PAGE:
Sir Thomas nodded. “He does—you know I was clear in stating that this new place of residence was not for myself but a member of my family. Understanding that I enquired about available properties on behalf of a daughter, the earl desires to meet with me before discussing the matter further. I imagine he looks to assure himself that you have the capacity for running such a household.”
“Then would not meeting with Jane herself be more beneficial in assuring His Lordship of her ability to manage a household?” said Elizabeth with a scoff. “So typical that a man should not think a woman capable of speaking for herself.”
“Now Elizabeth, do not be so quick to judge,” her father admonished. “He is an earl, after all, and is likely to be a trifle mortified to have to let the property at all. No aristocrat I’ve had chance to meet in the last fifteen years has been comfortable in admitting he has not the finances to maintain his lifestyle, let alone his property. I suspect the leasing of this estate to aid him in paying off some debt or other.”
“Father,” said Jane, “whilst I am honored by the offer of a lease from a member of the nobility, and I certainly trust your judgment, I must say that I should like to see the place for myself before agreeing to any terms. After all, it is not you who will be paying the rent, and as such, I should like to judge with my own eyes rather than allowing others to judge it for me.”
“But of course, Jane,” Sir Thomas agreed. “I fully intend on both you and Elizabeth accompanying me to Derbyshire.”
“Derbyshire!” cried Elizabeth. “But that is where our aunt Gardiner is from!”
Her father smiled. “Indeed, my dear Lizzy, and both you and she will be pleased to know that the village of her youth is but five miles from the estate in question. She may even know some of the history of it and the family who lived there.”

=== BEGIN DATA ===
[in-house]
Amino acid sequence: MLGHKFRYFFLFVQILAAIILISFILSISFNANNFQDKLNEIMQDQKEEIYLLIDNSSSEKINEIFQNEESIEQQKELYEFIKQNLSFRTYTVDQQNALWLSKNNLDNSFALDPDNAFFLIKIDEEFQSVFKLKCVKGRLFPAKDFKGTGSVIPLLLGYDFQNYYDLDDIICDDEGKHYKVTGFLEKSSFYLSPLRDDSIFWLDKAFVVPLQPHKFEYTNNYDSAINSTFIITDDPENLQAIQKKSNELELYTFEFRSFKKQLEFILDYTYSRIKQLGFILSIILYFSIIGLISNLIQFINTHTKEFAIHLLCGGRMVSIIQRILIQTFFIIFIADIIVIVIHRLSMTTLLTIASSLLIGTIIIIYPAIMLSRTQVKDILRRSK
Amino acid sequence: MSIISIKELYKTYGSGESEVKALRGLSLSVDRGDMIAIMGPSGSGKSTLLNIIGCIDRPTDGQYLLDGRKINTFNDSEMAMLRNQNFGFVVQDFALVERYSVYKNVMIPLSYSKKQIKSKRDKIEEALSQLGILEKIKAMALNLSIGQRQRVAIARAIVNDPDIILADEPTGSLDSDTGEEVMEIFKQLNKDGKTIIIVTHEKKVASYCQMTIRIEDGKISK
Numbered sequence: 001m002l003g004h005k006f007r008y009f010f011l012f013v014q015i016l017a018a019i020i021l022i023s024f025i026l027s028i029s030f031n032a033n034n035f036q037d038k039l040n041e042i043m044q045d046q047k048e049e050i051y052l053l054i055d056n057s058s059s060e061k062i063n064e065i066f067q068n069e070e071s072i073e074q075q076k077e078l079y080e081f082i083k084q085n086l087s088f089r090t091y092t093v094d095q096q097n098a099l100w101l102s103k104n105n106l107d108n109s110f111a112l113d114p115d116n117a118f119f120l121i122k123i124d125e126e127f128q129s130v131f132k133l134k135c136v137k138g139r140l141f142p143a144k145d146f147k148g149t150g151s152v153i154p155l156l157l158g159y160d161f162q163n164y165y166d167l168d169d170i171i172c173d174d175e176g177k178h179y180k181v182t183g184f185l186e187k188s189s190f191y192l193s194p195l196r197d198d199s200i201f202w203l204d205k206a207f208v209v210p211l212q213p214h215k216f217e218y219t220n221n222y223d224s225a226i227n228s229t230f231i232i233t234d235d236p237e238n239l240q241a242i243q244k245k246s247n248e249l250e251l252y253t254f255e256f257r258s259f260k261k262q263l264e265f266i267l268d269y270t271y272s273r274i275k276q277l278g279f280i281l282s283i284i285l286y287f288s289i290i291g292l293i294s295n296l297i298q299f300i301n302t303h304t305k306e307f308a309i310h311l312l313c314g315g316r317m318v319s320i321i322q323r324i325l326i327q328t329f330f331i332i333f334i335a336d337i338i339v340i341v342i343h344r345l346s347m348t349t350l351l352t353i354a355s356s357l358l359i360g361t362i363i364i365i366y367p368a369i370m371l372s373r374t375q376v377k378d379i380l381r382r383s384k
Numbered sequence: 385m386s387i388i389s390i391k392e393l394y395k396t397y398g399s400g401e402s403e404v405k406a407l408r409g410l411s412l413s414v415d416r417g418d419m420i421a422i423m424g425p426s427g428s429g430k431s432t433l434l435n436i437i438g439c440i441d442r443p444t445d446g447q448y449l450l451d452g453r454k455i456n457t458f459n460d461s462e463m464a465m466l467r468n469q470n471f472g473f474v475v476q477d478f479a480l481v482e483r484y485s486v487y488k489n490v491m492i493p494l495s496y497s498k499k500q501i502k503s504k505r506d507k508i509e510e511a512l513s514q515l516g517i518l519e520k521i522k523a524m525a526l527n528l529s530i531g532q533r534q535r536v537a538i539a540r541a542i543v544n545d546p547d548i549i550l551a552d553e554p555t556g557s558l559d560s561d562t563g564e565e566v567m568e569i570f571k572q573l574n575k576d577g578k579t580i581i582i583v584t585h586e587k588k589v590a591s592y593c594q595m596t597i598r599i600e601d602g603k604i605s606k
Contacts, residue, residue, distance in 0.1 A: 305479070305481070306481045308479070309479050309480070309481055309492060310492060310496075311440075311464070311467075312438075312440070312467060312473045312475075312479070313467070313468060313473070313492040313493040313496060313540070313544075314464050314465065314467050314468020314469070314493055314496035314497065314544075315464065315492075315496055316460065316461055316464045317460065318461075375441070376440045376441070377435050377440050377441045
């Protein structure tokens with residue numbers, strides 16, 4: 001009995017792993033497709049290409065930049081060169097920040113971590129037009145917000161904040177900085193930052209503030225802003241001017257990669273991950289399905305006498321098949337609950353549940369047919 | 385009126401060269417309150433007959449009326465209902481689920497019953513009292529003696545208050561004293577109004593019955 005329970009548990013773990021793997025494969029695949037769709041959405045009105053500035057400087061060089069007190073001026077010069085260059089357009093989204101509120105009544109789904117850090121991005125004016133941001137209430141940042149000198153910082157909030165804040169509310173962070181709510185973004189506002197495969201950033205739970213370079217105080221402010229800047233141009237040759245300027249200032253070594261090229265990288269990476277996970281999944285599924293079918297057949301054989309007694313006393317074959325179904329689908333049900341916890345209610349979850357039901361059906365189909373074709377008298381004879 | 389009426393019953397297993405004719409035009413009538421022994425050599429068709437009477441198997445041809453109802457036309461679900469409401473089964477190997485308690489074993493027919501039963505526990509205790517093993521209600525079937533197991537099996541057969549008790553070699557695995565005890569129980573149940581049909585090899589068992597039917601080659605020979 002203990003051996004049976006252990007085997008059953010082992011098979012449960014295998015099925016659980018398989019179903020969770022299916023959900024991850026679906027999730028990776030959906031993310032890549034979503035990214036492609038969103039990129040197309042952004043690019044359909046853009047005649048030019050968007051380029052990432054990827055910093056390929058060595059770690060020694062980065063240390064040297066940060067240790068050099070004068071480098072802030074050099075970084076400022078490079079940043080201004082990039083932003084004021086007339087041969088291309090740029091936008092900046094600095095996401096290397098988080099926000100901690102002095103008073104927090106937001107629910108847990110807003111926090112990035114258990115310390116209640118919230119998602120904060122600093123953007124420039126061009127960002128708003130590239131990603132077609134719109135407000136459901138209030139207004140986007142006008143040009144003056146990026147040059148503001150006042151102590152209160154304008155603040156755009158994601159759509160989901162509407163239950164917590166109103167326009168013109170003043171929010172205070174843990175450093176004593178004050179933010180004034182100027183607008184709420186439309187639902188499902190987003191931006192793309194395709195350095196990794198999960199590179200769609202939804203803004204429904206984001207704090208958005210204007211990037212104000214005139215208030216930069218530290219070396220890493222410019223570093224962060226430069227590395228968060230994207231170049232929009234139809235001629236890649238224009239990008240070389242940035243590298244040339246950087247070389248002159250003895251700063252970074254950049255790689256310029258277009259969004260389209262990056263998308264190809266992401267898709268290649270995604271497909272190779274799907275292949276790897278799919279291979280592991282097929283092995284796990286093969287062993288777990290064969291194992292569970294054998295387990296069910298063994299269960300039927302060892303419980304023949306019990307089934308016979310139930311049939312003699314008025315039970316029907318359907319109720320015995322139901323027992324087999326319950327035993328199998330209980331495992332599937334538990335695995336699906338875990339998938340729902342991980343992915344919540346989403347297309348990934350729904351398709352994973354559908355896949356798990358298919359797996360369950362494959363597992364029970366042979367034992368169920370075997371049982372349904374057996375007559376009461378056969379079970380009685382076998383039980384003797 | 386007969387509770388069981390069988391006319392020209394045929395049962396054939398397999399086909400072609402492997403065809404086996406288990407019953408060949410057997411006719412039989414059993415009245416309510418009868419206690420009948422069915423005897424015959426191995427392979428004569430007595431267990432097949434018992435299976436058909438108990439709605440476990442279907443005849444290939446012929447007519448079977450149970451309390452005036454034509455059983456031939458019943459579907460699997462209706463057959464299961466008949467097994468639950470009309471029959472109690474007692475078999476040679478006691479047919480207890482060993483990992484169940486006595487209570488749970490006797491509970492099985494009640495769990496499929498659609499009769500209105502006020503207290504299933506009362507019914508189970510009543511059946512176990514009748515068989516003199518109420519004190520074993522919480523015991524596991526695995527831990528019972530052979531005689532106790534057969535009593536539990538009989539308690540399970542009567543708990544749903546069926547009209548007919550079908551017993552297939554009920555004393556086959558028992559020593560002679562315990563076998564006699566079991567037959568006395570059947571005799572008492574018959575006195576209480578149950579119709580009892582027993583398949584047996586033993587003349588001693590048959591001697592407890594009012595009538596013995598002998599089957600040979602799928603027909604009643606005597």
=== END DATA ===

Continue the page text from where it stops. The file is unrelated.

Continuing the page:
Jane, while lowering her teacup to its saucer, looked to her father and said, “Have you spoken to Mamma about this offer?”
“Not as yet. I desired to present it to you first and know your feelings on the matter before saying anything to your good mother,” Sir Thomas replied. “I do not think, however, that she will continue her lengthy protestations once she learns from whence the offer originates.”
Elizabeth snorted over her teacup. “Indeed, Papa. Upon hearing that an actual earl has offered up an estate, she will no doubt insist we take him up on it, whatever his terms.”
“You said it was on the expensive side, Father,” said Jane then. “I will be able to afford the rent, I hope?” She still thought economically though she had little need now to be concerned about cost.
“Oh, of course—I should not even have mentioned it if I did not know you could, though it is more than the asking price for Netherfield’s lease before Bingley purchased the place. The earl asks eight hundred per annum—which, considering your income, is more than manageable. Game rights would be an extra charge, but you’ll have no need to concern yourself there. However…”